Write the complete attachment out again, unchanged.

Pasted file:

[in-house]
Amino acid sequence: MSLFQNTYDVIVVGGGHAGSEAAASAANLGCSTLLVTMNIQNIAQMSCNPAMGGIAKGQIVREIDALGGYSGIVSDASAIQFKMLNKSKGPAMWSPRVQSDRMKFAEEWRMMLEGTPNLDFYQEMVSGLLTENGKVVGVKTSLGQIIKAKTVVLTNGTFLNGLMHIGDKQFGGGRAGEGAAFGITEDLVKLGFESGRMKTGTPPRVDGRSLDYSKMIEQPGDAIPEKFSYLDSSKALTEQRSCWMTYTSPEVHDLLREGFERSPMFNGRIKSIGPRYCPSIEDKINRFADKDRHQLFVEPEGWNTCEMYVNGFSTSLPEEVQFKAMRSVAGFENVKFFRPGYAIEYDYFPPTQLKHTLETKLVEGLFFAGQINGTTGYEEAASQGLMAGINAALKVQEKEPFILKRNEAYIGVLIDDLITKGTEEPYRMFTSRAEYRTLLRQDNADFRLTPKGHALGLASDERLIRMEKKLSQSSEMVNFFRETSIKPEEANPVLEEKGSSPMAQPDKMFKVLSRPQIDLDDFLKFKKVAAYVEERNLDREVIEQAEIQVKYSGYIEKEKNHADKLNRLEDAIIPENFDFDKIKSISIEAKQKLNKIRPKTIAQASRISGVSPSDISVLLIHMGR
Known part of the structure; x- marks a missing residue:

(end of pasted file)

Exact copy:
[in-house]
Amino acid sequence: MSLFQNTYDVIVVGGGHAGSEAAASAANLGCSTLLVTMNIQNIAQMSCNPAMGGIAKGQIVREIDALGGYSGIVSDASAIQFKMLNKSKGPAMWSPRVQSDRMKFAEEWRMMLEGTPNLDFYQEMVSGLLTENGKVVGVKTSLGQIIKAKTVVLTNGTFLNGLMHIGDKQFGGGRAGEGAAFGITEDLVKLGFESGRMKTGTPPRVDGRSLDYSKMIEQPGDAIPEKFSYLDSSKALTEQRSCWMTYTSPEVHDLLREGFERSPMFNGRIKSIGPRYCPSIEDKINRFADKDRHQLFVEPEGWNTCEMYVNGFSTSLPEEVQFKAMRSVAGFENVKFFRPGYAIEYDYFPPTQLKHTLETKLVEGLFFAGQINGTTGYEEAASQGLMAGINAALKVQEKEPFILKRNEAYIGVLIDDLITKGTEEPYRMFTSRAEYRTLLRQDNADFRLTPKGHALGLASDERLIRMEKKLSQSSEMVNFFRETSIKPEEANPVLEEKGSSPMAQPDKMFKVLSRPQIDLDDFLKFKKVAAYVEERNLDREVIEQAEIQVKYSGYIEKEKNHADKLNRLEDAIIPENFDFDKIKSISIEAKQKLNKIRPKTIAQASRISGVSPSDISVLLIHMGR
Known part of the structure; x- marks a missing residue: